On 8 January, Housing Secretary Robert Jenrick announced the government has extended the tenant eviction ban for a further six weeks. The evictions ban was initially due to end on 11 January, however, this has now been delayed across the UK.
For England, no evictions can be forced by bailiffs until 21 February 2021 at the earliest. For Wales and Scotland, this has been extended further to the end of March.
As Jenrick outlined, “we are extending the ban on bailiff evictions – helping to protect the most vulnerable renters.”
During the first national lockdown in 2020, the government announced its tenant eviction ban, which was originally intended to last for three months. The aim was to support and protect renters impacted by the COVID-19 pandemic from being evicted. Over the course of 2020, this ban was extended, initially for 2 months and then subsequently for another 4 weeks.
Over the last month, a ‘Christmas truce’ has been in place meaning bailiffs in England and Wales have been unable to serve eviction notices.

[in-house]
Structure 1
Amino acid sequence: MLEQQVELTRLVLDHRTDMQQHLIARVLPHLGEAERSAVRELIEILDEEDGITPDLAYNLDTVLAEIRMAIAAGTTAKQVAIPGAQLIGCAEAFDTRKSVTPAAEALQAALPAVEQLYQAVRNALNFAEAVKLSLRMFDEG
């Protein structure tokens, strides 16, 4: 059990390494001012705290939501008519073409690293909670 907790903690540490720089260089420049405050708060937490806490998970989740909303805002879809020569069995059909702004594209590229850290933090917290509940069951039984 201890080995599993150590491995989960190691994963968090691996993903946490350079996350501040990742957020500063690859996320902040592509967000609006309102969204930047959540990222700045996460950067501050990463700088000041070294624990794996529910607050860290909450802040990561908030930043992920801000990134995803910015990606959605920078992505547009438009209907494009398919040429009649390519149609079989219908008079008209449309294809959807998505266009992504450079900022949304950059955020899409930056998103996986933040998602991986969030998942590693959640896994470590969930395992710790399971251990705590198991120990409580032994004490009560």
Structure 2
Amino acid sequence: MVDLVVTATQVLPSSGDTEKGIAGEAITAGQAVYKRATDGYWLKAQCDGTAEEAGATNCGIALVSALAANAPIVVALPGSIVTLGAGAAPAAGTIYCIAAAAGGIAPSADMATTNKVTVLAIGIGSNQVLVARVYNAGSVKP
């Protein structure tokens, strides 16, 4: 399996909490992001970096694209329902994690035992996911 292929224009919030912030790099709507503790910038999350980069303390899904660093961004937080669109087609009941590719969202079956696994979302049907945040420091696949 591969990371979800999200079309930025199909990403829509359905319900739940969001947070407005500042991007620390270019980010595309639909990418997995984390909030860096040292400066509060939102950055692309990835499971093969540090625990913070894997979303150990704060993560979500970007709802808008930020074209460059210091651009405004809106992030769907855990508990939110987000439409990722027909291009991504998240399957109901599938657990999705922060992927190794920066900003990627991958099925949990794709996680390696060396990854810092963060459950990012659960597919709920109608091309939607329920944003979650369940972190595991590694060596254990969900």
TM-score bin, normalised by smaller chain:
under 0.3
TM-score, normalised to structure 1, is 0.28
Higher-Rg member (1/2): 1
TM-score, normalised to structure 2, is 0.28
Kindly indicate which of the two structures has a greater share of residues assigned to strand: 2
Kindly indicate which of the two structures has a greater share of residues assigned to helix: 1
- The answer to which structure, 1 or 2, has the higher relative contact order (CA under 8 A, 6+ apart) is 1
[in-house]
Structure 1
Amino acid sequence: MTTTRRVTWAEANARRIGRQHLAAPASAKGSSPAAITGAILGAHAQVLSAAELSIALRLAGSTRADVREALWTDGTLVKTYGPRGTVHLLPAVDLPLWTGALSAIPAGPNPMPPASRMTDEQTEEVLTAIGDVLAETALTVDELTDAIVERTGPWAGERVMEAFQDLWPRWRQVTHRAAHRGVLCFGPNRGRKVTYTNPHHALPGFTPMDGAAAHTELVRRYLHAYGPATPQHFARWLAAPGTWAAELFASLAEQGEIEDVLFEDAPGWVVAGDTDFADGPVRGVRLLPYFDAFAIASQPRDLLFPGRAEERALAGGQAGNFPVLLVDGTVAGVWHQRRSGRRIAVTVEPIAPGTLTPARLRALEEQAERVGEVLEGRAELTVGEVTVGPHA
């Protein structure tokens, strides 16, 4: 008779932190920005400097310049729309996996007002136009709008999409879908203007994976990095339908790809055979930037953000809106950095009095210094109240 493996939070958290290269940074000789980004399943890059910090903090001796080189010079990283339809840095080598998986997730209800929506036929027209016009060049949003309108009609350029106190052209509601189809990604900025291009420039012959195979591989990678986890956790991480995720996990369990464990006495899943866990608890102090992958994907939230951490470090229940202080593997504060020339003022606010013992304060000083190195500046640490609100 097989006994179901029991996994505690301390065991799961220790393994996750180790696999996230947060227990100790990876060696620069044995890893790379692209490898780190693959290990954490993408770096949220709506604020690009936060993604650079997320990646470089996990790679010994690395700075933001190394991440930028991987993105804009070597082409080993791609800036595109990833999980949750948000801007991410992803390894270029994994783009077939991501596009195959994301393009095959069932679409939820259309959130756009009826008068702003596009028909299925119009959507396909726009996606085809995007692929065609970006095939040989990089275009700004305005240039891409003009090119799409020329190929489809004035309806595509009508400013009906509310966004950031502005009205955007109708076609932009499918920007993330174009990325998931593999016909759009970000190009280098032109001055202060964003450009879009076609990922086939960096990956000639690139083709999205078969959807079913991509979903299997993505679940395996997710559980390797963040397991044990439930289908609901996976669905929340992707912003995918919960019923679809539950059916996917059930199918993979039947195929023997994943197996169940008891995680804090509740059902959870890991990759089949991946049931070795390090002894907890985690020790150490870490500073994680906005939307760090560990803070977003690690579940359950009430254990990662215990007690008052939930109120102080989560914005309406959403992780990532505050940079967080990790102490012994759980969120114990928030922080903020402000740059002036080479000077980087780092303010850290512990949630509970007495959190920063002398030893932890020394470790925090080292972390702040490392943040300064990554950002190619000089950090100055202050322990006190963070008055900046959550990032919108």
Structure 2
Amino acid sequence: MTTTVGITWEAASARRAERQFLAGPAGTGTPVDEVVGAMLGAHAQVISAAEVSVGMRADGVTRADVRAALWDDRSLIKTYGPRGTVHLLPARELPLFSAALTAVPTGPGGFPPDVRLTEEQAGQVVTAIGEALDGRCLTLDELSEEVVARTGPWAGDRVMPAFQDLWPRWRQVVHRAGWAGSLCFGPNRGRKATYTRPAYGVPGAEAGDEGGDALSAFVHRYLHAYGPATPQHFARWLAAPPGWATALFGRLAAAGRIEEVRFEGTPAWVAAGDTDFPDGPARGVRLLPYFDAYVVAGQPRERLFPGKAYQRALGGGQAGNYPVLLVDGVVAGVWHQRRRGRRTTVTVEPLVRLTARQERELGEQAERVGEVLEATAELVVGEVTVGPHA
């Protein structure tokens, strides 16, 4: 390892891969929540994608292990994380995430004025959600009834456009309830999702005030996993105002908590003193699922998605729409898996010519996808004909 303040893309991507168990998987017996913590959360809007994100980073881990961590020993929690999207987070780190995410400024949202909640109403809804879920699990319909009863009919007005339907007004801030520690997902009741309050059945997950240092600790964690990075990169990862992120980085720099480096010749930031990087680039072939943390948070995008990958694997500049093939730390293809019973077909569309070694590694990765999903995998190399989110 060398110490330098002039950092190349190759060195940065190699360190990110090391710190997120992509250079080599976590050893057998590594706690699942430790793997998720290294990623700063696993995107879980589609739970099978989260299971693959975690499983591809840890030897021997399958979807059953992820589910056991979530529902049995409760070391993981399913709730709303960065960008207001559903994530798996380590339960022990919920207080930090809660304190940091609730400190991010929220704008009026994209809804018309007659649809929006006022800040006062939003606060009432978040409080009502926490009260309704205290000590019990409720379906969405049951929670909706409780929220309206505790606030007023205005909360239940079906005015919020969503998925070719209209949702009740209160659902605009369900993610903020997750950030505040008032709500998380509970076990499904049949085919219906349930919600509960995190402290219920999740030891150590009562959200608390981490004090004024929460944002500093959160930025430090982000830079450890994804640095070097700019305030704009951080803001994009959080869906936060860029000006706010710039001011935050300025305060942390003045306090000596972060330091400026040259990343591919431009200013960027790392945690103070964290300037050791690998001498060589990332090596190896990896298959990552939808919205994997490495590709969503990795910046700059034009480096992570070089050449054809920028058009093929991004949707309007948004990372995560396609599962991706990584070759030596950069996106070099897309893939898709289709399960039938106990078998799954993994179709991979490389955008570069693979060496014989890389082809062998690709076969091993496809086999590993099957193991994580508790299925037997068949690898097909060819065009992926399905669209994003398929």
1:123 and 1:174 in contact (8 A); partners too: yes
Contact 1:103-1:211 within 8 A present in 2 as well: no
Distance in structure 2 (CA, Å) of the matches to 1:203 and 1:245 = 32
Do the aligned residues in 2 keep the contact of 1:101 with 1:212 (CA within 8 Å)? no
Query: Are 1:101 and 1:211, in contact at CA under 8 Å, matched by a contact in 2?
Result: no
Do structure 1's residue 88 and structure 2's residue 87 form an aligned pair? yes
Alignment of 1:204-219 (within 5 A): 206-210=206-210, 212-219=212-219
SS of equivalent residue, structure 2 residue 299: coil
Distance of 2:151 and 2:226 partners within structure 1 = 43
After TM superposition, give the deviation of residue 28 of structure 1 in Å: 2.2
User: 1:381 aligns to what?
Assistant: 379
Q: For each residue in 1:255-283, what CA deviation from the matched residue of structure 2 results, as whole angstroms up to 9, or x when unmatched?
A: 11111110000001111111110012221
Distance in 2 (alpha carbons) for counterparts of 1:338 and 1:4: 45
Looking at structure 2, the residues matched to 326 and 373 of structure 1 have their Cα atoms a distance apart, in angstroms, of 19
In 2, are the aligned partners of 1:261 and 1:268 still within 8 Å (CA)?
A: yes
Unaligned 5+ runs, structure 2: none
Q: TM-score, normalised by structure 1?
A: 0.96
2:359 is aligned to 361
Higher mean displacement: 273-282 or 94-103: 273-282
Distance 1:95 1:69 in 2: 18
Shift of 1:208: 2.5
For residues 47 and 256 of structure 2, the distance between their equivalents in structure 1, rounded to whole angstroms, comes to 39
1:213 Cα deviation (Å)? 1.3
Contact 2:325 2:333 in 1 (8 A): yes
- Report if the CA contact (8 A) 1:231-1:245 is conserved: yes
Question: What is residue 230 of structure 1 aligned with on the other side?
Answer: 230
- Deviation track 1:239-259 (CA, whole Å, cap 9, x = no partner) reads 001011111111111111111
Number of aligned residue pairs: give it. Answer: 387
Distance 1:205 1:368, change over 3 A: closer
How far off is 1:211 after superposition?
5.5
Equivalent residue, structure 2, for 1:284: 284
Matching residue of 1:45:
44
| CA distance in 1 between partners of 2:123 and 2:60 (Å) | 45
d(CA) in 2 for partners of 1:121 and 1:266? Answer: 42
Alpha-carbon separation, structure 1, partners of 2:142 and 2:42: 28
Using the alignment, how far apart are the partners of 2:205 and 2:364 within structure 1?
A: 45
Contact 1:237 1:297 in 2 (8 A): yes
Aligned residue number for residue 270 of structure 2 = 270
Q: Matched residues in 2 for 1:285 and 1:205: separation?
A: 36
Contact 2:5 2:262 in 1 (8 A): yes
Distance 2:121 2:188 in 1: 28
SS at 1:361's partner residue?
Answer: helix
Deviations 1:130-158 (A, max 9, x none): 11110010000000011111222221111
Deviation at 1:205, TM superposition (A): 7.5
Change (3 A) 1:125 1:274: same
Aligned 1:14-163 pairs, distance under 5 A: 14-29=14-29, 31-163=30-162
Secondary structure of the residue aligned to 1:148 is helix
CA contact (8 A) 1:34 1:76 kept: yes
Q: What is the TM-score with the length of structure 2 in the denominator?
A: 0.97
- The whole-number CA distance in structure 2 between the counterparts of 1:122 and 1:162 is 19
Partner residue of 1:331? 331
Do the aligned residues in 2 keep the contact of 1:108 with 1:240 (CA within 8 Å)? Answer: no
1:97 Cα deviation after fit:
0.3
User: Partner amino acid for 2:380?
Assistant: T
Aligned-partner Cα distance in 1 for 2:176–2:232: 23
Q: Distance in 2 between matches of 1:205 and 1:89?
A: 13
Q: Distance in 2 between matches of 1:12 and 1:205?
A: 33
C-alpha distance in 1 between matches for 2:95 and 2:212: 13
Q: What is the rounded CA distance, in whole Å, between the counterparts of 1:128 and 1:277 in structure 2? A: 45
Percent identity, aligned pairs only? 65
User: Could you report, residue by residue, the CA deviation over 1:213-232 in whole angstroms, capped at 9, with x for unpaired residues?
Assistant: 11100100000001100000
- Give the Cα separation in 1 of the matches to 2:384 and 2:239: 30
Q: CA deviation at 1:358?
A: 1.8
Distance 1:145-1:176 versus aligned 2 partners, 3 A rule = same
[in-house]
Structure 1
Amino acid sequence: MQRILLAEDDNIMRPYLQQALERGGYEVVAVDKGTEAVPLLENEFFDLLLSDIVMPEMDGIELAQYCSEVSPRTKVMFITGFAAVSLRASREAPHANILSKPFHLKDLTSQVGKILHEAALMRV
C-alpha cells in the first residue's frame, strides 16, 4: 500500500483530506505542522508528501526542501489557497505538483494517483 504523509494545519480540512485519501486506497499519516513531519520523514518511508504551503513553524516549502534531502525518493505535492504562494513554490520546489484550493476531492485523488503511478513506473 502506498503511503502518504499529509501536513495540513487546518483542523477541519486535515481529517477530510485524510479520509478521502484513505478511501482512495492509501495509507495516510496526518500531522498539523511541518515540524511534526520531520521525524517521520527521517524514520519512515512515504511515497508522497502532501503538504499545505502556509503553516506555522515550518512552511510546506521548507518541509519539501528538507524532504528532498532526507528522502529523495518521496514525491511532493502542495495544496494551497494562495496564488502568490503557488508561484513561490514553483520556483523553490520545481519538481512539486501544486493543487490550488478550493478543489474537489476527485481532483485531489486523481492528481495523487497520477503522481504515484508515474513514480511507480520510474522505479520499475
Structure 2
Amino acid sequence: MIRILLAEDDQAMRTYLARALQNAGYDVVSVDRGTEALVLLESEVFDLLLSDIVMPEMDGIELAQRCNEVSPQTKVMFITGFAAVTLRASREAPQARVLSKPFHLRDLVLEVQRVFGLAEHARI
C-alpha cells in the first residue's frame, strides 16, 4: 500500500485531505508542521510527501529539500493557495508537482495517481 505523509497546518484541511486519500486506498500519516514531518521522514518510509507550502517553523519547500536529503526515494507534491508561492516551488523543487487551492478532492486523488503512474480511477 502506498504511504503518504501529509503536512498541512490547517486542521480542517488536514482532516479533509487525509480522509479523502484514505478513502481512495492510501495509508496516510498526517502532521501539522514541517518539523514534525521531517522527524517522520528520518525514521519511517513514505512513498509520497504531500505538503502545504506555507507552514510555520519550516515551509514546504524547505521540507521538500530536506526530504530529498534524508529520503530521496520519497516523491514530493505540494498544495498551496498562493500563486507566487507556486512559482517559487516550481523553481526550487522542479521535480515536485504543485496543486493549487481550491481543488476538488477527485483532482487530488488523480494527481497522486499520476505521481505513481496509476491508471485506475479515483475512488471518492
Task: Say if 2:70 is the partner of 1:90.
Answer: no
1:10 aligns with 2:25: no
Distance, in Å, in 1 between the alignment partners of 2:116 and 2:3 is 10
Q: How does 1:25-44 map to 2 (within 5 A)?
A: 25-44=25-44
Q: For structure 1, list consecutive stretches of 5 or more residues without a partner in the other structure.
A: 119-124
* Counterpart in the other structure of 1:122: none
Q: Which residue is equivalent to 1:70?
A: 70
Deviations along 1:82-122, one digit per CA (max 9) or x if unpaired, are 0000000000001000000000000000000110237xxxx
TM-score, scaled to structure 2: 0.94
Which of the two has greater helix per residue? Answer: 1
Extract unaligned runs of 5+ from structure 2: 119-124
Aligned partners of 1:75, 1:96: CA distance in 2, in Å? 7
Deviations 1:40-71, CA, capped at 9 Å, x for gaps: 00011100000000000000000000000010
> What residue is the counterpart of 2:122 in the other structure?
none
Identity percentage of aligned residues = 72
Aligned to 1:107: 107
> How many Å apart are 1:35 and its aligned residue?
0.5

During this current period, however, courts will continue to process evictions involving serious anti-social behaviour and other crimes. A six month notice period will also still be required for tenants, unless serious circumstances exist or arise.
According to research released by the NRLA, more than 95% of private renters kept up rent payments or arranged alternative payment agreements with their landlords. This emphasises the significant level of tenant and landlord cooperation during the difficult and uncertain climate of this crisis.
This article has been updated. This article is intended as a guide only. For further information, please refer to the government’s website.